Amniotic fluid

This fluid is a clear, slightly yellowish liquid that surrounds the unborn baby (fetus) during pregnancy - it is contained in the amniotic sac.


The fetus floats in the amniotic fluid. During pregnancy the amniotic fluid increases in volume as the fetus grows. Amniotic fluid volume is greatest at approximately 34 weeks of gestation, when it averages 800 ml. Approximately 600 ml of amniotic fluid surrounds the baby at full term (40 weeks gestation). This fluid is constantly circulated by the baby swallowing and “inhaling” existing fluid and replacing it through “exhalation” and urination.

Amniotic fluid accomplishes numerous functions for the fetus, including:

  • Protectection from outside injury by cushioning sudden blows or movements  
  • Allowing for freedom of fetal movement and permitting symmetrical musculoskeletal development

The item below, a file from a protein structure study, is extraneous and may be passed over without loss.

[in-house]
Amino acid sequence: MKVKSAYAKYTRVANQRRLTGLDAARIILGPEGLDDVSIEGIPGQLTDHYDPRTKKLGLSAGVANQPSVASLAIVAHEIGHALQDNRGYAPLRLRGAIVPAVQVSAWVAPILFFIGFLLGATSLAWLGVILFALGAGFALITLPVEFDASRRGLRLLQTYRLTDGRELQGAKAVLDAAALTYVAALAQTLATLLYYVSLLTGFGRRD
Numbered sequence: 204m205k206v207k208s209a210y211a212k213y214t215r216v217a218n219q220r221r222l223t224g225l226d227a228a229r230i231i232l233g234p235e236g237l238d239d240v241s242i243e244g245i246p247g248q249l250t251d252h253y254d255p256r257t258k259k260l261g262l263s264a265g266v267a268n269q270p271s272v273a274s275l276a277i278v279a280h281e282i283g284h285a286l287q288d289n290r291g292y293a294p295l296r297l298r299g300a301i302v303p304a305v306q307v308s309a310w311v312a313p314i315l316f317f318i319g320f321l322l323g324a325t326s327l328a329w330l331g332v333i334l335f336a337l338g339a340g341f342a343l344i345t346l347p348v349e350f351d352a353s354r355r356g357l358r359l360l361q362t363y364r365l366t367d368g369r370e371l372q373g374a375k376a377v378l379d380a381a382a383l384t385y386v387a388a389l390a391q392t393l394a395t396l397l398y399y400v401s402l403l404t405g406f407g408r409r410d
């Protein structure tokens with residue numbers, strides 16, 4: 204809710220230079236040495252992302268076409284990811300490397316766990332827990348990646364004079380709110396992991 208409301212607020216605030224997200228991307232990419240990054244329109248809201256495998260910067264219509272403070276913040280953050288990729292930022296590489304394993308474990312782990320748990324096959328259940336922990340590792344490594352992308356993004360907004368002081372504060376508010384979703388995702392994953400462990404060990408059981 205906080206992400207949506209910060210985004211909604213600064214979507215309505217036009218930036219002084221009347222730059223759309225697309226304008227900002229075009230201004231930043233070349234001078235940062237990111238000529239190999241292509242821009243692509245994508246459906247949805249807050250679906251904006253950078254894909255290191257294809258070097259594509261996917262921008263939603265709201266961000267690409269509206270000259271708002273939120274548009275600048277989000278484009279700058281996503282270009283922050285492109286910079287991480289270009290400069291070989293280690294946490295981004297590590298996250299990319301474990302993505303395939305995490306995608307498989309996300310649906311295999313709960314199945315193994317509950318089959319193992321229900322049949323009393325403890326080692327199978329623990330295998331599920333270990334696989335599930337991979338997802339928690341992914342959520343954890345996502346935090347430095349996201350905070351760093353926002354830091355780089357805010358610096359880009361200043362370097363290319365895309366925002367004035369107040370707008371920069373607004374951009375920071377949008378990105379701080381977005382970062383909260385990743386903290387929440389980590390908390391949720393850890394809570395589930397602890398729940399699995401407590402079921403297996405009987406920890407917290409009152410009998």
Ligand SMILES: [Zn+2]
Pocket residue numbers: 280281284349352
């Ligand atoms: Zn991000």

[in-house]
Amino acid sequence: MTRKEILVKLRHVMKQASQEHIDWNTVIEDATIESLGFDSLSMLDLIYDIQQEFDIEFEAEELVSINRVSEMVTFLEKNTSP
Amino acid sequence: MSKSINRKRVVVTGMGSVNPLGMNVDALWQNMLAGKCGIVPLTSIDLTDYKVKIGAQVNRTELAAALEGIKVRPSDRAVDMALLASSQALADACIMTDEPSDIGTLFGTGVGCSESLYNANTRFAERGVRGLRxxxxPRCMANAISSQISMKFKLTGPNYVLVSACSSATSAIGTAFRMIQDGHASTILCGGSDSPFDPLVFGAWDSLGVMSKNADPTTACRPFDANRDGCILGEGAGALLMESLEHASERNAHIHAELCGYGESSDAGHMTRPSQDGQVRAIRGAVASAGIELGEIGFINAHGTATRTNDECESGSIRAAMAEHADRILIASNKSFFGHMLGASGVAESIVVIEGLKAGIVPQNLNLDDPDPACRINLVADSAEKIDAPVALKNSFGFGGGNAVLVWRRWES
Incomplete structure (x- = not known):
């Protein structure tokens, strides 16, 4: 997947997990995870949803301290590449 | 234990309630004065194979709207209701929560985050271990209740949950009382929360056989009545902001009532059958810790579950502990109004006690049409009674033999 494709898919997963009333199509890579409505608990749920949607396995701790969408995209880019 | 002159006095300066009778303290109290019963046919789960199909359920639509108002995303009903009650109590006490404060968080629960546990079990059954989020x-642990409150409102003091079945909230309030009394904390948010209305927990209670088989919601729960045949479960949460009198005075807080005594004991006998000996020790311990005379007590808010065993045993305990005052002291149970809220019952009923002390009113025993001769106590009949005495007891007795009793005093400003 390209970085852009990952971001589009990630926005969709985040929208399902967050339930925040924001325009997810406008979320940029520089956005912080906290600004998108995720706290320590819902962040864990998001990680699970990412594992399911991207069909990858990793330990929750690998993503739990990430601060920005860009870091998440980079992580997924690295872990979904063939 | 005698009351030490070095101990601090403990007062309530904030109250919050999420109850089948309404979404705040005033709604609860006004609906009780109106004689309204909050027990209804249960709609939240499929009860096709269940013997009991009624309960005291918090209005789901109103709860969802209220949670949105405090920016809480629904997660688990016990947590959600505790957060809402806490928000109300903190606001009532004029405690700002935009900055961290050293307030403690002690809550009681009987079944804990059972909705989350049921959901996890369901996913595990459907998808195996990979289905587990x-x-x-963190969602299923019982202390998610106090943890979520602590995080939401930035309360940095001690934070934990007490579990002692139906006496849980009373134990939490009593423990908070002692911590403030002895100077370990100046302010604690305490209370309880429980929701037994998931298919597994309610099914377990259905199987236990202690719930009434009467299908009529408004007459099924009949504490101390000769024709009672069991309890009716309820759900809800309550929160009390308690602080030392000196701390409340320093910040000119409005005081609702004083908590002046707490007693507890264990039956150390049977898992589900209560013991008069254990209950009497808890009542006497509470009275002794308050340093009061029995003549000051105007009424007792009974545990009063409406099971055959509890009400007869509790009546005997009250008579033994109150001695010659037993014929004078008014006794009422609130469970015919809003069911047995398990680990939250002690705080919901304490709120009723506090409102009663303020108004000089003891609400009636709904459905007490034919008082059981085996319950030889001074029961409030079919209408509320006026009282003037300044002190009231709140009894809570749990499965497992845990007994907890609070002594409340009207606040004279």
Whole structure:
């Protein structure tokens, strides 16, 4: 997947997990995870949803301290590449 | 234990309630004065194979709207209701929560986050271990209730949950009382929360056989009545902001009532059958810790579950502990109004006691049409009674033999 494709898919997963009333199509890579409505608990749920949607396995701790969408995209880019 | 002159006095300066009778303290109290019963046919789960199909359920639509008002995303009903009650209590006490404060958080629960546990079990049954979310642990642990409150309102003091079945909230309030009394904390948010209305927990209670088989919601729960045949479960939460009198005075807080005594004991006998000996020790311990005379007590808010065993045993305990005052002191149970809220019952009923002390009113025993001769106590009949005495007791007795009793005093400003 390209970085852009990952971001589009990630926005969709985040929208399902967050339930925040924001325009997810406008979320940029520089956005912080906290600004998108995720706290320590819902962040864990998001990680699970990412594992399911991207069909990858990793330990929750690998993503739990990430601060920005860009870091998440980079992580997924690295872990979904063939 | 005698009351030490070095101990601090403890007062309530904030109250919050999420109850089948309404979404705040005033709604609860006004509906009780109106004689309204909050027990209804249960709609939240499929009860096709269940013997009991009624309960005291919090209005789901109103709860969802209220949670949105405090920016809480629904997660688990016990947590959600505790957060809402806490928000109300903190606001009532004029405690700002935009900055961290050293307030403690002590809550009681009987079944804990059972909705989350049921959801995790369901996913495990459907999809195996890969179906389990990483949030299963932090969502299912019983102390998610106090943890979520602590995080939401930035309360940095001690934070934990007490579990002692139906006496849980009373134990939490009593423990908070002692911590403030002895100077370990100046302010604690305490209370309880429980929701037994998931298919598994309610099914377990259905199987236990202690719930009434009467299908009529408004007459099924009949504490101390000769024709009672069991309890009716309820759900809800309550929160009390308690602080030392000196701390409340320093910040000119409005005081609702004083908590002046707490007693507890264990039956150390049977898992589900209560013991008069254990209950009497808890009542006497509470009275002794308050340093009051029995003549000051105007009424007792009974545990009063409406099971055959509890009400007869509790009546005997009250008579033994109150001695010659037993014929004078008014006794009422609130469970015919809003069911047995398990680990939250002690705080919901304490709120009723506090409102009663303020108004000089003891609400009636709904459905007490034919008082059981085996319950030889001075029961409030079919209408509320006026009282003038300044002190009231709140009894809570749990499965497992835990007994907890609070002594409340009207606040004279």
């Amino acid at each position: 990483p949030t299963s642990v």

• Maintaining a relatively constant temperature for the environment surrounding the fetus, thus protecting the fetus from heat loss  
  • Permitting proper lung development

An excessive amount of amniotic fluid is called polyhydramnios. This condition may accompany multiple pregnancy (twins or triplets), congenital anomalies, or gestational diabetes.

An abnormally small amount of amniotic fluid is known as oligohydramnios. This condition may accompany postdates pregnancies, ruptured membranes, placental dysfunction, or fetal abnormalities.

Abnormal amounts of amniotic fluid may trigger additional surveillance of the pregnancy.

Removal of a sample of the fluid is called amniocentesis. This can provide information about the sex, state of health, and maturity of the fetus.

Johns Hopkins patient information

Last revised: December 5, 2012
by Potos A. Aagen, M.D.

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